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INTERVIEW: Bria Lee

Hi Bria, welcome to VENTS! How have you been? Can you talk to us more about your latest single “Forget Me”?

Definitely. Forget Me is a song about pride. It’s about not being with someone anymore but still wanting to leave a lasting impression on them. When I wrote this song I felt as though I wanted to leave a scar on someone’s heart after I had left them. It’s not a healthy feeling and it’s pretty selfish, but it’s real. At some point, I think we have all felt that. Nobody wants to be forgotten.

Did any event, in particular, inspire you to write this song?

 Yes. The song is about someone I never ever want to be with again. But I definitely enjoy the fact that I still cross their mind.

Any plans to release a video for the single?

A video for Throwing Darts will be coming out on October 27th! 

The single comes off your new album Little Room – what’s the story behind the title?

Little Room is about my time spent practicing and growing as an artist in close quarters. When I was a little girl, my father would lay down on the couch and listen to me play the piano and practice in a little room for hours at a time. I spent so many hours of my life confined to a small room either practicing, writing or recording. It took a lot of sacrifice and at times I wanted to do other things but I knew that the harder I worked and the more hours spent in that little room, the better I would become.

How was the recording and writing process? 

It was hard for me to write some of these songs because I really felt like I put myself out there. It’s a vulnerable feeling. But it is also very therapeutic.

You get to collaborate with some great names in this record – did you handpick them or how did they come on board?

I was very fortunate to have an amazing team who made it possible to have these great artists collaborate with me. I had hoped for Fat Joe on One Shot but didn’t think it would actually happen but my team is amazing! Same goes for Pitbull on the One Shot remix. I am very blessed. 

What did they bring to the table?

Working with Fat Joe in my first music video was a learning experience for me. I just kept watching him and how comfortable he was in front of the camera and I tried to match his confidence level. It’s really amazing to be around such an experienced artist.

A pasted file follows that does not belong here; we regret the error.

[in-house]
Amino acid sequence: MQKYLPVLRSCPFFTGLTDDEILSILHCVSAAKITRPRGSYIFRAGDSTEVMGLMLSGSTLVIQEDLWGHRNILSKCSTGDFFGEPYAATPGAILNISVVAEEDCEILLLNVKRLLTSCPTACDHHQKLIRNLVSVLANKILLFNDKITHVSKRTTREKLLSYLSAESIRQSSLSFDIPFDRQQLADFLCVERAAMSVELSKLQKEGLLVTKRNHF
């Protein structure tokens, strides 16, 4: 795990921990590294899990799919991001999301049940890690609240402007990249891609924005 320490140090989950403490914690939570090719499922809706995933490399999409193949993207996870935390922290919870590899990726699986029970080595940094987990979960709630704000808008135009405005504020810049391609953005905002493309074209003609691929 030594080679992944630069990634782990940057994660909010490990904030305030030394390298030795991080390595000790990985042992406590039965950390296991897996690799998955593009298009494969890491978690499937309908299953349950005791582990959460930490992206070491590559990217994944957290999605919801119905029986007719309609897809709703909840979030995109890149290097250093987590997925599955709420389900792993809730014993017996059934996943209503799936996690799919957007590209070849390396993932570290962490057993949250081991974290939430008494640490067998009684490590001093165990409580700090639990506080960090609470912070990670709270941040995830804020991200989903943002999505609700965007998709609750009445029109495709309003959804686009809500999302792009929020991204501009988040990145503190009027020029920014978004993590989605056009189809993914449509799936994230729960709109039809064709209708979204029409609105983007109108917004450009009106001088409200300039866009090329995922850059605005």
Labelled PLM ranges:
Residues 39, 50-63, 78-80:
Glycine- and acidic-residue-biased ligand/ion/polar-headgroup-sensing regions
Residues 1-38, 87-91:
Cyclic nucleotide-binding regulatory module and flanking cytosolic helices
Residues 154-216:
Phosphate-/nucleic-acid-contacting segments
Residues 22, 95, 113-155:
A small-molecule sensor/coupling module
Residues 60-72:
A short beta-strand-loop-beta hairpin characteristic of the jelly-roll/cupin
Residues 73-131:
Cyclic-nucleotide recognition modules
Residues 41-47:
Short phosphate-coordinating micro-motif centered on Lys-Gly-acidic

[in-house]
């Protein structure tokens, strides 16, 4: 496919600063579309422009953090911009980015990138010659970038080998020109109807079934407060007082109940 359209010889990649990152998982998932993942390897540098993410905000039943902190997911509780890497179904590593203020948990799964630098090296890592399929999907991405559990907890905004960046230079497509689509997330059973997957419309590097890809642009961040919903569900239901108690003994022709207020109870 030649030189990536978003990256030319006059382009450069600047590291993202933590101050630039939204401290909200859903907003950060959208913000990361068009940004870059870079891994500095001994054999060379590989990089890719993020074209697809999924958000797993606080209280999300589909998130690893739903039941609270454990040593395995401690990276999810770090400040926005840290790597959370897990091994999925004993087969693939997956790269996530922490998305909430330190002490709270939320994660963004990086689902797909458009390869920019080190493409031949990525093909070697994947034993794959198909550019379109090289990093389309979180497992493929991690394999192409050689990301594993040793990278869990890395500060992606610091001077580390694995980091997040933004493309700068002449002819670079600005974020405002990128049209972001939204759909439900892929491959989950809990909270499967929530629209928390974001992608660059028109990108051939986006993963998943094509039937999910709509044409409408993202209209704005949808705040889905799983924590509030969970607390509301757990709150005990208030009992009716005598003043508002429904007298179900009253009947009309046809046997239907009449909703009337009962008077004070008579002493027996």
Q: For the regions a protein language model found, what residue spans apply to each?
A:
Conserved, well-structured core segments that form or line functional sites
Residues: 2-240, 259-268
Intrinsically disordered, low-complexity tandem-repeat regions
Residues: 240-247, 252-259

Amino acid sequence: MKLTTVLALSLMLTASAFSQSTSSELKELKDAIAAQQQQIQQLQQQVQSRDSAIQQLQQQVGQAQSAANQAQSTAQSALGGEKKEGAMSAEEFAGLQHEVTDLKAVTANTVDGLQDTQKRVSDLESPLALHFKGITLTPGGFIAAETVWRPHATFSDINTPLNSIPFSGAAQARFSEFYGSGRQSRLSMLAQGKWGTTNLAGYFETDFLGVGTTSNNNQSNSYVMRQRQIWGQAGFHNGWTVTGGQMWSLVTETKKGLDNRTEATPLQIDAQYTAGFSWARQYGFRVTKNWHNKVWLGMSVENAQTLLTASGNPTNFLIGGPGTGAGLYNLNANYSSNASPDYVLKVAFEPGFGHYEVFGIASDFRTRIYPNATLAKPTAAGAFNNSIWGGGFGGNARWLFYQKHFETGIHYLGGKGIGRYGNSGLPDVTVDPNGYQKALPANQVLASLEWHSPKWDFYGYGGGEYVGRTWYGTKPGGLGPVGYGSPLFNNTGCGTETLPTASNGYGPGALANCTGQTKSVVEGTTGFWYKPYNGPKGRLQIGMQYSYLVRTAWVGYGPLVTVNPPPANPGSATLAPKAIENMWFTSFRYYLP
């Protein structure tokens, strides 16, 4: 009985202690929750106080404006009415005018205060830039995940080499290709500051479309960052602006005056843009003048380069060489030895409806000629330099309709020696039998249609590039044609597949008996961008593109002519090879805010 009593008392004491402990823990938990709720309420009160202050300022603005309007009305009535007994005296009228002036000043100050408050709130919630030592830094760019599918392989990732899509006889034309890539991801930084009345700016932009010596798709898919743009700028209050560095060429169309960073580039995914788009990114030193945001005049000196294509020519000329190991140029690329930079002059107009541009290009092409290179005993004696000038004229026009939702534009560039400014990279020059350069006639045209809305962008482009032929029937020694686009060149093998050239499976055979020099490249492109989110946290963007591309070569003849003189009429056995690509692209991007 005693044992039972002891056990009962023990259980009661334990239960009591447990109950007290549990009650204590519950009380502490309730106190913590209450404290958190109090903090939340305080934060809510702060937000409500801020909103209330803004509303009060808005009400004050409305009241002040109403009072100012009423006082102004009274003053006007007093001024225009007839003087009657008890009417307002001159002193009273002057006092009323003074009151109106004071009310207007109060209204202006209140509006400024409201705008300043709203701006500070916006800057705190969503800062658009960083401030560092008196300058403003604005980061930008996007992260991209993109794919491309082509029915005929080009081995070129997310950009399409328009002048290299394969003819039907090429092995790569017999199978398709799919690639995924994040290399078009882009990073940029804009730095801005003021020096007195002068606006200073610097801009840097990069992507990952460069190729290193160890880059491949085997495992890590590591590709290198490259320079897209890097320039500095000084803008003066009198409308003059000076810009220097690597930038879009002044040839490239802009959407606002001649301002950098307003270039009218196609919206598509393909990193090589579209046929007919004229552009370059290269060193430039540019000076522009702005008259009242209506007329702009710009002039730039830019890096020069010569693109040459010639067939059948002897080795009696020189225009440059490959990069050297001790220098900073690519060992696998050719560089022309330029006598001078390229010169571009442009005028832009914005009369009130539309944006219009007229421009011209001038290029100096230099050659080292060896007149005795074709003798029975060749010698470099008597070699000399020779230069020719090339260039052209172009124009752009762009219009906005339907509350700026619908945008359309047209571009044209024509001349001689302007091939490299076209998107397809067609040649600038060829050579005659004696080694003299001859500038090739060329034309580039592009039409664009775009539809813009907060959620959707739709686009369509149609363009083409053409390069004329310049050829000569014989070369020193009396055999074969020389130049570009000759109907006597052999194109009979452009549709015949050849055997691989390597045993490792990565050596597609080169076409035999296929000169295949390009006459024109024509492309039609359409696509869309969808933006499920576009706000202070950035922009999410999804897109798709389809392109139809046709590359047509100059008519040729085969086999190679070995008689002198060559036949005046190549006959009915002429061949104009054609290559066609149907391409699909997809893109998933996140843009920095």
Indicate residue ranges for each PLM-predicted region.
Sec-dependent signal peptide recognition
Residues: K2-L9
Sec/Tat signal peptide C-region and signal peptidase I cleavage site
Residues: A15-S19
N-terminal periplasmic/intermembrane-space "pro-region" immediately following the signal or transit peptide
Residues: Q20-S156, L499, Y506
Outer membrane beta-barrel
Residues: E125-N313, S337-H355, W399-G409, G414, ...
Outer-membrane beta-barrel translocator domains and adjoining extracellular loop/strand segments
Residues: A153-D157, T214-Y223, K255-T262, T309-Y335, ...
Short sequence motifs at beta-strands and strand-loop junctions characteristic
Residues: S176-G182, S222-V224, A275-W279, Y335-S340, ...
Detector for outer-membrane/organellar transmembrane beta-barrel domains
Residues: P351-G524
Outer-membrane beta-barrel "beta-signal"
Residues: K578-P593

Was it easy to sit down and share ideas and creative inputs?

Sometimes it’s hard to share lyrics that are so personal but you just need to believe in yourself and people will believe what you’re saying. When I first got signed, I had never been in the studio with other producers before. I had always just written my own songs on the piano and performed them acoustically. It was a big change for me to learn how to collaborate in the studio but it definitely helped me grow as an artist.

Do you tend to take a different approach when you are collaborating with someone else rather than working on your own? 

Absolutely. Writing on my own is my favorite way to write. It’s a lot easier because there is no pressure when you are trying out things to see if they work or not. Being in a room with other writers can be more difficult because there’s more pressure. However, I do enjoy both situations. 

What role does NYC play in your music?

It’s been difficult trying to make a living and also being an artist in NYC. But I wouldn’t want to live anywhere else. I’m fortunate that finally my efforts are being paid off. But for many years I was a starving artist struggling to pay rent and I think that’s where a lot of my passion comes from. 

What were some of the emotions you get to explore on this record?

A lot of anger. Definitely pain. But also a lot of reflection. A lot of the songs are about a darker time in my life which I believe I’ve gotten past. But there are still scars. And these songs are about those scars and how I deal with them.

Did you intend for this record to be somewhat therapeutic or did it just happen?

I just write what I feel. I write about my pain so that maybe it can help other people with their pain. We’re all in this together. It’s my job as an artist to let people know they’re not alone.

When it got so personal – did you have any second thoughts on keep on going or rather deviate into something else?

Yes absolutely. Especially on One Shot since it touches upon alcoholism, addiction, and toxic relationships. I was scared that people would wonder who or what I was talking about. But at the end of the day, all that’s important is that people can listen to these songs and somehow relate them to their own lives. 

Where else did you find the inspiration for the songs and lyrics?

Every song is a story. I try to draw inspiration not only from my own personal experiences but from people I know as well. Or people I see on TV, in movies, on the train, at the store. Writers are always thinking about writing. We can’t turn it off. Whenever a cool line comes into my head or someone says something to me that deeply affects me, I write it down in my notes in my phone. Once I get to the studio I’ll use that as inspiration to get a concept for a song.

Any plans to hit the road?

Yes, I definitely will be hitting the road in a couple of months as the dates are being routed. 

What else is happening next in Bria Lee’s world?

I have an EP release party on November 12 at SOBs in NYC!!! I’m so excited. It’ll be me and a live band and I’ll be performing all the songs on the project. I can’t wait!!  

About RJ Frometa

Head Honcho, Editor in Chief and writer here on VENTS. I don't like walking on the beach, but I love playing the guitar and geeking out about music. I am also a movie maniac and 6 hours sleeper.

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